Tuesday, June 28, 2011

The Two Most Main Principles to Bear In Mind While Searching for a Cur Collar

When buying a collar for your dog there are a number of things to keep in mind. How big is the dog? Is the dog male or female? Does the dog pull, lunge or are they otherwise highly energetic? Large breeds can be especially tricky to shop for, because not only is there wide variation among the various aesthetic styles of collar available to clothe them with, there are also a number of different systems and mechanisms to consider for means of restraint.

Dog collars can be swank, then can be tough, they can be butch or froo froo or uppity. Besides, as the Greek philosopher Plato would say, its inherent "dogness", the collar that you choose will be the most important factor in determining the persona of your animal and the impression that it gives other people. This is true of people as well as dogs; if you or someone you know has a large, intimidating appearance, or just has an aura of menace or broodiness about them, people will find them very difficult to approach. A simple mitigating factor, such as a goofy hat, can easily offset this subconscious association and open up the floodgates to friendship and positive relationships. The same is true for dogs. If you have a St. Bernard who's gentle as a lamb but frightens little kids because of their size, then consider getting a collar that will soften the appearance and make them more approachable.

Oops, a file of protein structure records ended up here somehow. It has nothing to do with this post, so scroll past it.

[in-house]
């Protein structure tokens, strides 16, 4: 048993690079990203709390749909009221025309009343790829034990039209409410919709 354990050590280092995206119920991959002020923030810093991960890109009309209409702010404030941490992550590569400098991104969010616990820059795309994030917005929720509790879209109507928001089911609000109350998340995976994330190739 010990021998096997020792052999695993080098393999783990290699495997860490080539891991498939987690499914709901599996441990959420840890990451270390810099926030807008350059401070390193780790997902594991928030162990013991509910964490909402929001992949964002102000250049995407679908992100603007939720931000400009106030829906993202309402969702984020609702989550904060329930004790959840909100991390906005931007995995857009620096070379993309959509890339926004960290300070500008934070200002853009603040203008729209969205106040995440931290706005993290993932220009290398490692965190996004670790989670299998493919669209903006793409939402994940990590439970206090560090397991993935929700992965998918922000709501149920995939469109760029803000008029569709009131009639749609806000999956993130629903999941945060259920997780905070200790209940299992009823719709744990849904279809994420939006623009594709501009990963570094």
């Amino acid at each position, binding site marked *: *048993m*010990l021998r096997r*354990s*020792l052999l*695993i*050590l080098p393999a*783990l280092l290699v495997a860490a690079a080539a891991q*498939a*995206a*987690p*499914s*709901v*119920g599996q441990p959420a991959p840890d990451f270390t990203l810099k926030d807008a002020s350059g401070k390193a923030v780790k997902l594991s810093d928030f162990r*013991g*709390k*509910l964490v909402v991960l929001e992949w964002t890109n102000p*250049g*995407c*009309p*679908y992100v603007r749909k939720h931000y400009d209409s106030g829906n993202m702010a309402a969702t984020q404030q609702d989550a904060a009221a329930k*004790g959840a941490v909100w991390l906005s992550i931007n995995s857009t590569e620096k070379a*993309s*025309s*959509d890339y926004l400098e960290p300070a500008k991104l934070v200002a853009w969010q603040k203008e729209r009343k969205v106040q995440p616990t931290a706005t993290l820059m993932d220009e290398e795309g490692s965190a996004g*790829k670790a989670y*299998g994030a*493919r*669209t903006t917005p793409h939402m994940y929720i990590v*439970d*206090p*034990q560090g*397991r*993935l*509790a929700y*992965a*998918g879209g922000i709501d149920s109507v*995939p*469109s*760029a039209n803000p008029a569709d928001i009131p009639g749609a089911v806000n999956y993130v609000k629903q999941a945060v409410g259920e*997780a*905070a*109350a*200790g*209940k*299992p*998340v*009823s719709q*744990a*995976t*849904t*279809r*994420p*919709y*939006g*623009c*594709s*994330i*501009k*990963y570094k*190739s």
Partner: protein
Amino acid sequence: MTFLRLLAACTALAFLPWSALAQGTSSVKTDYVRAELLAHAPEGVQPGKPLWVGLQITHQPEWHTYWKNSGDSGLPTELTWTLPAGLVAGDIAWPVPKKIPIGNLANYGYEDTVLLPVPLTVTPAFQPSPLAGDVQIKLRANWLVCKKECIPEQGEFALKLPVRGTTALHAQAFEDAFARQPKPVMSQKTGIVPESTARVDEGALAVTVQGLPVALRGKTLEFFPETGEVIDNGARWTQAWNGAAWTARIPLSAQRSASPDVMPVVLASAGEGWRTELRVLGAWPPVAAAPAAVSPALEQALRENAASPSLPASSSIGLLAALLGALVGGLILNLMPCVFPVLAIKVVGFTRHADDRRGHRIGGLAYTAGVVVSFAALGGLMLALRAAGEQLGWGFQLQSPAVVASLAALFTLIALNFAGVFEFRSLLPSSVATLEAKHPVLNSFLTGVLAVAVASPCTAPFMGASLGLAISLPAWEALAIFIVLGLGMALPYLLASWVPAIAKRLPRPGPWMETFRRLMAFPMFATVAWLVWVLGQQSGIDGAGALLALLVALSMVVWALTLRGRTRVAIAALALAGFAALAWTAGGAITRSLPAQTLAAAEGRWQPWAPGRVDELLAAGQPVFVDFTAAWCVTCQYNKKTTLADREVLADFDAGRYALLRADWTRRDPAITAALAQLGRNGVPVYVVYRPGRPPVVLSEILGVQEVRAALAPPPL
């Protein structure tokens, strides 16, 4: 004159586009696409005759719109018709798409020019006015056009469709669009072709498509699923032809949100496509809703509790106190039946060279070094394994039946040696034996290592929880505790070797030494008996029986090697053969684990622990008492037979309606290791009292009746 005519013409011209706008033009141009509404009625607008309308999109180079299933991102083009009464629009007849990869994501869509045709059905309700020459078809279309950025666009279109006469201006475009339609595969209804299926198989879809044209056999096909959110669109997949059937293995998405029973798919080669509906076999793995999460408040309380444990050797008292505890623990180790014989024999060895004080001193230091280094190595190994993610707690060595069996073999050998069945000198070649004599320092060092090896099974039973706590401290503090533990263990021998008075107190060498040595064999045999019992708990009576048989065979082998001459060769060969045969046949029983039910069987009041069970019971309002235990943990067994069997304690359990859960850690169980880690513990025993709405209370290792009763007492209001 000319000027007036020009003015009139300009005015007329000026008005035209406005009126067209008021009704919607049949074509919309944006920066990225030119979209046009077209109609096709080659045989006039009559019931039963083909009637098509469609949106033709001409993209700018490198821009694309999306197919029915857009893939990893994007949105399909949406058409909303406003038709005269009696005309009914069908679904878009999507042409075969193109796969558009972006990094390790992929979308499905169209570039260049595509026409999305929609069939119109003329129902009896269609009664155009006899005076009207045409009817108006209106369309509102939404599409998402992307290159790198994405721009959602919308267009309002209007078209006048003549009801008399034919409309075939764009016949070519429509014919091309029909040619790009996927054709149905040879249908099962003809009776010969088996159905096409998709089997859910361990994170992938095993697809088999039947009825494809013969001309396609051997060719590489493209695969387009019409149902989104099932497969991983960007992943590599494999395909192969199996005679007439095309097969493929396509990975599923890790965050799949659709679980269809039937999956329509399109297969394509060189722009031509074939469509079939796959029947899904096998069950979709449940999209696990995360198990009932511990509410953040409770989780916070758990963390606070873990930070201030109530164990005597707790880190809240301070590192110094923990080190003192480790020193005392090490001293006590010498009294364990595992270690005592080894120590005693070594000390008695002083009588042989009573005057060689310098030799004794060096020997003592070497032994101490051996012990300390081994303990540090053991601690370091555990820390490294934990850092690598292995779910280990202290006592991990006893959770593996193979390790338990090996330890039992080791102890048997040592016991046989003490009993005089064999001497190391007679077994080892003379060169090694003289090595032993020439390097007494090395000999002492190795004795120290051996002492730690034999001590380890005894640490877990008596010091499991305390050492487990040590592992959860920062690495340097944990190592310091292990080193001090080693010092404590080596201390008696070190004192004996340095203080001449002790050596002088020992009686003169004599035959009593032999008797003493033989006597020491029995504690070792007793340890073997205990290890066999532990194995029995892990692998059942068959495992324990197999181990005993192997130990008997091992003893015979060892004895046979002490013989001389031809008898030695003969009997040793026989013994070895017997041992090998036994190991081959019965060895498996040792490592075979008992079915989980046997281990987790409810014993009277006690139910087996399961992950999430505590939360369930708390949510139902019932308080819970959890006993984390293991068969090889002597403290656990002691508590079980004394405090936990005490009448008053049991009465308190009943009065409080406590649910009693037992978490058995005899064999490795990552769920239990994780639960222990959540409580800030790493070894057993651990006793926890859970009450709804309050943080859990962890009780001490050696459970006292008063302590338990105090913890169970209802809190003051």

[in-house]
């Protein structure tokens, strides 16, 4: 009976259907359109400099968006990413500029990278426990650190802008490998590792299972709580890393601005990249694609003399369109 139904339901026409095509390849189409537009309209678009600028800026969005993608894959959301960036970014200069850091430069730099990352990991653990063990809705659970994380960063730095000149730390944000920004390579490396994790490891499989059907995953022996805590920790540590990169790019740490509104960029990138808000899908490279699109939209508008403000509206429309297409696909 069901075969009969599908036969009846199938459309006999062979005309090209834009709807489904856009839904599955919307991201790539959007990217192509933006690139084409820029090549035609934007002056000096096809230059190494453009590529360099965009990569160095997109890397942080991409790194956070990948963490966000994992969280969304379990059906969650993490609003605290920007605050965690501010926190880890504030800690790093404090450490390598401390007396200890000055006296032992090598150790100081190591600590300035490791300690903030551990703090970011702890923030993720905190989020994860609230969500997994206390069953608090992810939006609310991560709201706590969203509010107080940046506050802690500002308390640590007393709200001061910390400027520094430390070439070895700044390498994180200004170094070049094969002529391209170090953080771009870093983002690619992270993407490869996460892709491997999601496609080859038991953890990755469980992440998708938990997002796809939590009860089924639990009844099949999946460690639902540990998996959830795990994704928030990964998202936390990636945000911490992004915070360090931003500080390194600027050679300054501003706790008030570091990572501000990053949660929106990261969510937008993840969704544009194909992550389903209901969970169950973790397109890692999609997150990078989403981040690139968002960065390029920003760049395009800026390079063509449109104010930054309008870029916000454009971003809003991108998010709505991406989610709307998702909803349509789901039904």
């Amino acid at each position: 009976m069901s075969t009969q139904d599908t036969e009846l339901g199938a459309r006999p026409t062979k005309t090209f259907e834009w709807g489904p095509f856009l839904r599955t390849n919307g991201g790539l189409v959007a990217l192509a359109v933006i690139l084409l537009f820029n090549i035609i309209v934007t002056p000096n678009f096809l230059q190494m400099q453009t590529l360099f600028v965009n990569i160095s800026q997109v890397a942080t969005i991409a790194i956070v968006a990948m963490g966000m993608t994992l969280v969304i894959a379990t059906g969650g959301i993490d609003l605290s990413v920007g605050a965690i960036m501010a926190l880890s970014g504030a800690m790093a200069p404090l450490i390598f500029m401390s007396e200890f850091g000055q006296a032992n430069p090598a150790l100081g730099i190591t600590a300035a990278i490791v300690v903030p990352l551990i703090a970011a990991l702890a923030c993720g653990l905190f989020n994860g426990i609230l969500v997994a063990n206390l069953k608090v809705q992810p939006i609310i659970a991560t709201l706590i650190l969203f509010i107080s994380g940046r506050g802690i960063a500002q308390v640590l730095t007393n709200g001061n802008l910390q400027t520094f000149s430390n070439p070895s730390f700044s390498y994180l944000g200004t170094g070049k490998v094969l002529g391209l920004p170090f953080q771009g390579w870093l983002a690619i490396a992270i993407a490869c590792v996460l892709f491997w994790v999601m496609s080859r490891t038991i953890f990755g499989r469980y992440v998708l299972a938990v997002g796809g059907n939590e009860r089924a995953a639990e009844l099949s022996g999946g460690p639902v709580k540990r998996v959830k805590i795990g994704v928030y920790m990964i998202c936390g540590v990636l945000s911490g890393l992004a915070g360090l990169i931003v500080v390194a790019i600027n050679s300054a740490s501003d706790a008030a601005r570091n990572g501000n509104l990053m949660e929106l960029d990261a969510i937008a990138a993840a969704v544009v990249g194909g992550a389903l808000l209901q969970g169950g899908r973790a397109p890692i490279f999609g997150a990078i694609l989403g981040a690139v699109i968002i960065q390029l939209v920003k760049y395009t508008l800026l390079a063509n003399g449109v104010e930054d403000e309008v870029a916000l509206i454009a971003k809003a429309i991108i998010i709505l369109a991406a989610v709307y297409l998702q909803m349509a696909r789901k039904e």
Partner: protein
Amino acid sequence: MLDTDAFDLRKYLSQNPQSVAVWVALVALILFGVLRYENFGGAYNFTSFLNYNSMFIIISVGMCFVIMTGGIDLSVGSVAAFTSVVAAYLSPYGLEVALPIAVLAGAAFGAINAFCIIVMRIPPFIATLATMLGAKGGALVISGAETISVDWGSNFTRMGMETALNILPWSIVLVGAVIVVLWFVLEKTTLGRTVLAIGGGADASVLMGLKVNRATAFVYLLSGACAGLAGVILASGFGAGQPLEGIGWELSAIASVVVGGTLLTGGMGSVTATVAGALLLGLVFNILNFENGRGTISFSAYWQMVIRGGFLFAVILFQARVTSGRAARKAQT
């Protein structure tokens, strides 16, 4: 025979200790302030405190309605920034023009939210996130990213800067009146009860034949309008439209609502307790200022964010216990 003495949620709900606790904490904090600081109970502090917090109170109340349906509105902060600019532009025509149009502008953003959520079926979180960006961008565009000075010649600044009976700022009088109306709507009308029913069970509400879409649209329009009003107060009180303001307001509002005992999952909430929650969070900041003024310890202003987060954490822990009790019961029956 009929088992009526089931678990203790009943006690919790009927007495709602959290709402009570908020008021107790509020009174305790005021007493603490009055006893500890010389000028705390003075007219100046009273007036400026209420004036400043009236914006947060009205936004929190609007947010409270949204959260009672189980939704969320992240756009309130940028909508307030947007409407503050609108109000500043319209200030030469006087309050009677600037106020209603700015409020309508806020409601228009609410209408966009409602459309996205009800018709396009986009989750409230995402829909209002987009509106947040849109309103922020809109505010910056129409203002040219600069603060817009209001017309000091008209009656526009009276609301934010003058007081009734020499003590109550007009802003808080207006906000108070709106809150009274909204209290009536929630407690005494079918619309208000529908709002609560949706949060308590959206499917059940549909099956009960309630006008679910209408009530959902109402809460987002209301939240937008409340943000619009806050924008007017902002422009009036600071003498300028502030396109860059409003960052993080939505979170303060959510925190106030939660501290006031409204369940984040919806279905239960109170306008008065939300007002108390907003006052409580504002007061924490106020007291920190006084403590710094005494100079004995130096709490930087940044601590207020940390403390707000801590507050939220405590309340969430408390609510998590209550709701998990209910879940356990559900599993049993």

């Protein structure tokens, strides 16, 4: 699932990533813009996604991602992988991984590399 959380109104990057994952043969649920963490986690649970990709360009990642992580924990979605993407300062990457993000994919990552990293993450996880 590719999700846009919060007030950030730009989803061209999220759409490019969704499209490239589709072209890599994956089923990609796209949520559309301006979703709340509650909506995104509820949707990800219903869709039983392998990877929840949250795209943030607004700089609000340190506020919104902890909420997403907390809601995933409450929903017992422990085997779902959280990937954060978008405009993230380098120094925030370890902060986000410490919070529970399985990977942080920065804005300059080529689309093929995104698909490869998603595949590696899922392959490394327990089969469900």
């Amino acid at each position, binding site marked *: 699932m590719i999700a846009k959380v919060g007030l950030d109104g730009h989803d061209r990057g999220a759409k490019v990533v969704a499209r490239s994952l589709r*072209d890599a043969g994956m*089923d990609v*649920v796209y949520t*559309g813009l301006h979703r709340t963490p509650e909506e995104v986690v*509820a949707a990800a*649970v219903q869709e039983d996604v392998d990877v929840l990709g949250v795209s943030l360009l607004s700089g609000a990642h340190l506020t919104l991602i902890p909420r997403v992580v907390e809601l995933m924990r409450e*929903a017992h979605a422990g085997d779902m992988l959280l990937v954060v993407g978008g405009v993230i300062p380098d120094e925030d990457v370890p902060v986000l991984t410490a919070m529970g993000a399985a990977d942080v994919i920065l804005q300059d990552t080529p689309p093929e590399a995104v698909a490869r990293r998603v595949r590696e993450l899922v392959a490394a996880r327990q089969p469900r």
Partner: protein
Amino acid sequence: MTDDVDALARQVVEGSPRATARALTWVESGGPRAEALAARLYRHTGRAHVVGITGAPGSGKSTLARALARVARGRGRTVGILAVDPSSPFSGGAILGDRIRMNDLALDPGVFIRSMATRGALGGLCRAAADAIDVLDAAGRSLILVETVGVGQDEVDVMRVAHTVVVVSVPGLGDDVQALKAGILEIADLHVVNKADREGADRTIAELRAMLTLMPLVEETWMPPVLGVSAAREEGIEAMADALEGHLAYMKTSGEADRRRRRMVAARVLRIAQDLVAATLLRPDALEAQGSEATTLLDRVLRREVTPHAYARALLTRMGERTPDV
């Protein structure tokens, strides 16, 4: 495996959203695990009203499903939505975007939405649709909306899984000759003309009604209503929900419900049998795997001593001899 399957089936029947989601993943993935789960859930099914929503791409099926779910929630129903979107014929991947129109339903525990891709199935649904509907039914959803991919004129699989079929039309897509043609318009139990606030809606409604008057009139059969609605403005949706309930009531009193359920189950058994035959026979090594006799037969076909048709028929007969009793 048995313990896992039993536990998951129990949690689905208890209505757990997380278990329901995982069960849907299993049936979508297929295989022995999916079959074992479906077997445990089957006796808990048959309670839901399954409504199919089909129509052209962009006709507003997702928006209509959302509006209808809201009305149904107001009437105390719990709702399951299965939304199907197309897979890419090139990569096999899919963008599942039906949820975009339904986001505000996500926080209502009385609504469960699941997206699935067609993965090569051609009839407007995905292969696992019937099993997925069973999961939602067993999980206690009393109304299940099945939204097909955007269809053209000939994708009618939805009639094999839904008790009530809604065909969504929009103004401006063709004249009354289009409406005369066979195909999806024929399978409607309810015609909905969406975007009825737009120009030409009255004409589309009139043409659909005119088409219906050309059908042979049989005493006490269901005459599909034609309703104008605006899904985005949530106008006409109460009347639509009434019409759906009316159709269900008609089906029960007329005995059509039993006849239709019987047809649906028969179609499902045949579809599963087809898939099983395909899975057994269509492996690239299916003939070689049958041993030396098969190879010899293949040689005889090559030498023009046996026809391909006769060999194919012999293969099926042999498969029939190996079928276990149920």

It's also important to remember that your opinion of the collar isn't the only one that counts - and I'm not talking about what your parents or girlfriend will think. I'm talking about the opinion of the creature who will be wearing it, your dog his or herself. I had a silky terrier who absolutely loved to be dressed and seemed less confident when he wasn't. In his case it extended beyond simple collar selection to a matter of buying a full wardrobe of sweaters, shirts and coats for various seasons and occasions. This little dog couldn't wait to have his clothes put on and always bounced happily around the room afterwards. Likewise, I had a female cat who wore a nondescript collar for many months without complaint, however when she lost it and it was replaced with a bright neon pink collar complete with pink bell, her pleasure at this acknowledgment of her femininity was quite apparent.

In conclusion, I want to stress that collar selection is an extremely personal matter, for you as well as your pet. It's not something that should be taken lightly, rushed, and especially not taken for granted.

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